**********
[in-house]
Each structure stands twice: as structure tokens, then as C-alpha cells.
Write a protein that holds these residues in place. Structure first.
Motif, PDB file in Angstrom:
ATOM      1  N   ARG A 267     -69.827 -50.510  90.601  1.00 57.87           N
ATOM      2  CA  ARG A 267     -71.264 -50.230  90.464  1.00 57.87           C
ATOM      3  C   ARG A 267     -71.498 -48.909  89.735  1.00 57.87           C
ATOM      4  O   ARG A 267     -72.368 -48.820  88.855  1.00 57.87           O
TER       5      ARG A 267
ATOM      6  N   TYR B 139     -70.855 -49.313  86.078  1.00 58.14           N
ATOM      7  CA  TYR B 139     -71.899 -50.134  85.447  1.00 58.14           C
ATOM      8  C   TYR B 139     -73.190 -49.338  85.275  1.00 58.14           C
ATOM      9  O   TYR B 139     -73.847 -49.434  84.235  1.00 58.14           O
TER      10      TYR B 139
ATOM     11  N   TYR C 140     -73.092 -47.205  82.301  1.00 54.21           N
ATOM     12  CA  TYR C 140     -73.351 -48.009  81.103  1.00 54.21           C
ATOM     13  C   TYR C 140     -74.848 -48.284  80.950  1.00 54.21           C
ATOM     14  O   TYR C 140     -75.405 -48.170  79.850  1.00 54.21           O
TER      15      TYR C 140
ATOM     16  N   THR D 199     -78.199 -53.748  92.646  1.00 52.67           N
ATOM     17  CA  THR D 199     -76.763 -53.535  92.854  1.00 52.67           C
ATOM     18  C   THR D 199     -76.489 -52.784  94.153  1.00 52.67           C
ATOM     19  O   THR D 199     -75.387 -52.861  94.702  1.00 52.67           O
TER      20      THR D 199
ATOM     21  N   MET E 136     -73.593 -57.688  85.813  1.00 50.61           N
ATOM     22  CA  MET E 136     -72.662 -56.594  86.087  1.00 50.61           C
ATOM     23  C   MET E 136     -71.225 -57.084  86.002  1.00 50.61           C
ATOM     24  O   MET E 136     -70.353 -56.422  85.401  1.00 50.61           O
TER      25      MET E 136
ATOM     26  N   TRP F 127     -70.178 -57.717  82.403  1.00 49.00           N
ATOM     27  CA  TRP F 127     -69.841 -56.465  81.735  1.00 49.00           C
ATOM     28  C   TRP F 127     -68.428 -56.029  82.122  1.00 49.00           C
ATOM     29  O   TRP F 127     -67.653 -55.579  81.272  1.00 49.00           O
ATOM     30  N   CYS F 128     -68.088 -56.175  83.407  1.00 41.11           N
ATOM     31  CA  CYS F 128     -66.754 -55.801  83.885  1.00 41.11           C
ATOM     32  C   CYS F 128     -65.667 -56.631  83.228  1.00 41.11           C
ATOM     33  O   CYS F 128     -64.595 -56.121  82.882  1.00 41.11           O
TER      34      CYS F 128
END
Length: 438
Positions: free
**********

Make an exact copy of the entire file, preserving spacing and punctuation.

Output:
[in-house]
Each structure stands twice: as structure tokens, then as C-alpha cells.
Write a protein that holds these residues in place. Structure first.
Motif, PDB file in Angstrom:
ATOM      1  N   ARG A 267     -69.827 -50.510  90.601  1.00 57.87           N
ATOM      2  CA  ARG A 267     -71.264 -50.230  90.464  1.00 57.87           C
ATOM      3  C   ARG A 267     -71.498 -48.909  89.735  1.00 57.87           C
ATOM      4  O   ARG A 267     -72.368 -48.820  88.855  1.00 57.87           O
TER       5      ARG A 267
ATOM      6  N   TYR B 139     -70.855 -49.313  86.078  1.00 58.14           N
ATOM      7  CA  TYR B 139     -71.899 -50.134  85.447  1.00 58.14           C
ATOM      8  C   TYR B 139     -73.190 -49.338  85.275  1.00 58.14           C
ATOM      9  O   TYR B 139     -73.847 -49.434  84.235  1.00 58.14           O
TER      10      TYR B 139
ATOM     11  N   TYR C 140     -73.092 -47.205  82.301  1.00 54.21           N
ATOM     12  CA  TYR C 140     -73.351 -48.009  81.103  1.00 54.21           C
ATOM     13  C   TYR C 140     -74.848 -48.284  80.950  1.00 54.21           C
ATOM     14  O   TYR C 140     -75.405 -48.170  79.850  1.00 54.21           O
TER      15      TYR C 140
ATOM     16  N   THR D 199     -78.199 -53.748  92.646  1.00 52.67           N
ATOM     17  CA  THR D 199     -76.763 -53.535  92.854  1.00 52.67           C
ATOM     18  C   THR D 199     -76.489 -52.784  94.153  1.00 52.67           C
ATOM     19  O   THR D 199     -75.387 -52.861  94.702  1.00 52.67           O
TER      20      THR D 199
ATOM     21  N   MET E 136     -73.593 -57.688  85.813  1.00 50.61           N
ATOM     22  CA  MET E 136     -72.662 -56.594  86.087  1.00 50.61           C
ATOM     23  C   MET E 136     -71.225 -57.084  86.002  1.00 50.61           C
ATOM     24  O   MET E 136     -70.353 -56.422  85.401  1.00 50.61           O
TER      25      MET E 136
ATOM     26  N   TRP F 127     -70.178 -57.717  82.403  1.00 49.00           N
ATOM     27  CA  TRP F 127     -69.841 -56.465  81.735  1.00 49.00           C
ATOM     28  C   TRP F 127     -68.428 -56.029  82.122  1.00 49.00           C
ATOM     29  O   TRP F 127     -67.653 -55.579  81.272  1.00 49.00           O
ATOM     30  N   CYS F 128     -68.088 -56.175  83.407  1.00 41.11           N
ATOM     31  CA  CYS F 128     -66.754 -55.801  83.885  1.00 41.11           C
ATOM     32  C   CYS F 128     -65.667 -56.631  83.228  1.00 41.11           C
ATOM     33  O   CYS F 128     -64.595 -56.121  82.882  1.00 41.11           O
TER      34      CYS F 128
END
Length: 438
Positions: free